Once upon a time I had a real job. I was a ‘Global Account Manager’. This meant that I was responsible for things outside of my control, all over the planet. I worked for a large telecommunication’s equipment manufacturer based out of New Jersey. Part of this job was providing high-level training for new and existing customers so they would purchase more telecommunication's infrastructure (or in technical jargon, more 'stuff'.)
I took a customer to the corporate briefing center at Pebble Beach, California. Okay, let’s face it, Pebble Beach is not known for the quality of its Executive Briefings; it’s known for golf, woefully expensive and miniscule servings of food (however, I must say that the food is very ‘pretty’). Meals typically are a veritable feast for the eyes – but you’ll still spend $60 for it and you’ll be eyeing the Burger King on the way back to the hotel. I’m sorry, did I say hotel? What I meant to say was Resort. When you’re dropping $400 a night to sleep there, ‘hotel’ just doesn’t cut it. At this 'resort' the woman at the front desk told me that the rooms were not air-conditioned. Well, at least for $400 per night you get all of the heat that you would want. At the time I was living in Florida and $38 per night got you an Orlando area Days Inn with cable, air conditioning, and one of those vibrating beds.
The customer was able to play the obligatory rounds of golf at Pebble Beach while I rode around in the cart noticing how very overcast and chilly it was. For the golf nut, this was Mecca. The customer even commented that this was his dream, “To play Pebble Beach”. My dream, on the other hand was to get a $5.00 meal and a sweater (which I picked up later in the week at the gift store for ONLY $98).
The briefing event took an unexpected turn with the introduction of “Thom”. Thom was the briefer assigned to ‘brief’ the customer on new product enhancements, feature functionality updates, and applications in the Enterprise. To briefly sum up, I’ve never used the word ‘brief’ this much in one paragraph in my life – but I digress.
On the morning of the briefing, my boss, who was also at the briefing center, mentioned that she had opened the exterior door of her room early in the morning and had seen a deer. The deer (which apparently didn’t have enough money to eat at the restaurants either) had been munching on the flora of the meticulously manicured grounds (why didn’t I think of that? Here I was walking around hungry all the time…).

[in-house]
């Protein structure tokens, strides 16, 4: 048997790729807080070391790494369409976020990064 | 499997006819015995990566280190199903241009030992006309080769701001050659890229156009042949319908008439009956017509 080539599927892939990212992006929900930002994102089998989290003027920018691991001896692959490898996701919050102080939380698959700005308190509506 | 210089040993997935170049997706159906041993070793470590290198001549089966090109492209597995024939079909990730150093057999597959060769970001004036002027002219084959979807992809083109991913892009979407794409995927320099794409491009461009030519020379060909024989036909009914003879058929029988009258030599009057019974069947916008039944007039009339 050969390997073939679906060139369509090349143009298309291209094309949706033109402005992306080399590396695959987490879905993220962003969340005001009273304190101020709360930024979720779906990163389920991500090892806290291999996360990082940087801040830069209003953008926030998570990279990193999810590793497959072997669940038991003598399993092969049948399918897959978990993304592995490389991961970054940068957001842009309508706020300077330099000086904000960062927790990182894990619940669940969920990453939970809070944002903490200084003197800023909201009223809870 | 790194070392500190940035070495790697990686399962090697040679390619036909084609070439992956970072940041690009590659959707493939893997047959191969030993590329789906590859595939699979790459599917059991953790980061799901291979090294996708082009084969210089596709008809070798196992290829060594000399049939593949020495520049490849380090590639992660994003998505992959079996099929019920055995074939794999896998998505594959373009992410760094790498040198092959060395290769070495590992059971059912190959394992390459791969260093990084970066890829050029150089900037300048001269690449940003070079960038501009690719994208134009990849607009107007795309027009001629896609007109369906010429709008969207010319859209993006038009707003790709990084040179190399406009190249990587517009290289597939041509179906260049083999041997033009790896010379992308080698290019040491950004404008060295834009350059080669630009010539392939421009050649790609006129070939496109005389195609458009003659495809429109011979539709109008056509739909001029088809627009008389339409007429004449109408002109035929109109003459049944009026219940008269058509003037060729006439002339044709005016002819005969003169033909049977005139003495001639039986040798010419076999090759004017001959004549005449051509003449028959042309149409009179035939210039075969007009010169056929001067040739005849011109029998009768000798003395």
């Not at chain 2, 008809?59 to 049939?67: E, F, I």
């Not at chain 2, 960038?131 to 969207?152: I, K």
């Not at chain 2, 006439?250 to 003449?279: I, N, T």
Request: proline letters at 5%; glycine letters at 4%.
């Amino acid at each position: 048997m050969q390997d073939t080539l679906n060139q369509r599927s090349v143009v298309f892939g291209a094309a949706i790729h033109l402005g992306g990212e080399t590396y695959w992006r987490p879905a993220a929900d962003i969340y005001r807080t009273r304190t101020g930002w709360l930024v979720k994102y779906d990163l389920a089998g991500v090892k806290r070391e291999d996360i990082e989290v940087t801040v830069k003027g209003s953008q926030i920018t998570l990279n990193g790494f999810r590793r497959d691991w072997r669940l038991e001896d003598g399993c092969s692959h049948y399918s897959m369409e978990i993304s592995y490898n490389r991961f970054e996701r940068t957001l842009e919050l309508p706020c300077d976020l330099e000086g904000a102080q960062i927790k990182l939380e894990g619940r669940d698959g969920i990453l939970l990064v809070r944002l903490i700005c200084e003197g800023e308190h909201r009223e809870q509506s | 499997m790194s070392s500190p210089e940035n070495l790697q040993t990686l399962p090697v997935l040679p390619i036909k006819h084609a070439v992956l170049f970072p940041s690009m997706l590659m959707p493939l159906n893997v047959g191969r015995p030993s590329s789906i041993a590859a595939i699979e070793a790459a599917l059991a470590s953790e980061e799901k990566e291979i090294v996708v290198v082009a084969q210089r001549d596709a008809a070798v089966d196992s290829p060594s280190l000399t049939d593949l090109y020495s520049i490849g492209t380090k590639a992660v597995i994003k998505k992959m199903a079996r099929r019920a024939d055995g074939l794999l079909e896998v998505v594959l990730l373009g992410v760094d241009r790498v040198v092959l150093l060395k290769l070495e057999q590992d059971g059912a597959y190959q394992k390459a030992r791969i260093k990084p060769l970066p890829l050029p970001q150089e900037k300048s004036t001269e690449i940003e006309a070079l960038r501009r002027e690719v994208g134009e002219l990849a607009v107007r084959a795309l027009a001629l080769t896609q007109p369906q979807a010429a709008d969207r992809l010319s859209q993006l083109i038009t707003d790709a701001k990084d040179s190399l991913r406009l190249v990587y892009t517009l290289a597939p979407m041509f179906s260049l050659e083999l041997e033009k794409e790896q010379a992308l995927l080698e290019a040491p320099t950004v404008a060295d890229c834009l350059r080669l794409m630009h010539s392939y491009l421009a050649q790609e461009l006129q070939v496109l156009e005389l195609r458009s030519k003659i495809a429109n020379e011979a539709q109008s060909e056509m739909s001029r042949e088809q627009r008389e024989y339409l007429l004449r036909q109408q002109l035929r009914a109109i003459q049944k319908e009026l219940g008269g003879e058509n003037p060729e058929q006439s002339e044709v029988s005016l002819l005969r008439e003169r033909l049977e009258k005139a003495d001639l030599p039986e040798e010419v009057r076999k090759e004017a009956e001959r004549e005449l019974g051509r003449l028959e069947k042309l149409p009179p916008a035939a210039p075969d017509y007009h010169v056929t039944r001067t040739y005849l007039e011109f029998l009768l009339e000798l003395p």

She and the deer both regarded each other for a moment and then returned to their prior activities, which is to say, munching, and observing. It wasn’t until later in the morning that she was made aware of just how close she had come to death. Thom (okay, is this a guy too lazy to spell Thomas, or is his name really Moth, and he’s dyslexic?) told the following and riveted us with his personal account of the ‘deer incident’. Thom explained that ‘Ninja Deer’ stalk visitors to Pebble Beach. I’m pretty sure I remember the conversation verbatim (and what I don’t remember, I will make up). It went something like this:
Thom began, “Yes, I walked out into my backyard, and there it stood -- the deer. It was much larger than a dog, but not quite as large as, say, as the USS Enterprise. It stared at me with evil intent. Suddenly, it reared up on its back legs and lunged at me with its razor sharp hooves. These talons (I know, deer don’t have talons, but this is pretty much Thom’s story from here on out) flashed razor sharp in the moonlight. I fell back against Patty; Patty O’Furniture the Irish man who lives on my porch, and I felt the wind from the wildly flailing beast’s stiletto-like hooves. I thought it was all over for me, so I turned, grabbed, and threw Patty into the path of the oncoming cyclone of death.
Patty fought bravely, but being afflicted with the Irish Curse, he was also fighting drunkenly. The deer, having no genetic need to imbibe mass quantities of cheap amber beverages effectively neutralized Patty by eviscerating him with the first assault. Luckily, in Patty’s altered state, there was no pain. He fell to the ground like a steaming mass of last year’s Corned Beef and Cabbage.” At this point Thom appeared visibly shaken.
Thom concluded, “I was lucky to escape with my butt – and every day I thank God for that.”
For Patty, death was delivered not through a prolonged liver-related illness, but rather through the killing machine that Walt Disney laughingly referred to as Bambi, Prince of the Forest.
So the next time you stare into the cold dead eyes of ‘your average deer’, remember Patty. Let his death be a warning to you. If you’re ever driving through Pebble Beach and a deer sideswipes your car, don’t open the door and leave the vehicle.
I’ve seen “Jurassic Park” and I’m here to tell you that modern deer are the Velaciraptors of today. That fuzzy veneer and perky white tail disguise one of nature’s greatest killing machines. Bambi, my butt, these guys are killers.
I know, because Thom told me so. I’ve been briefed.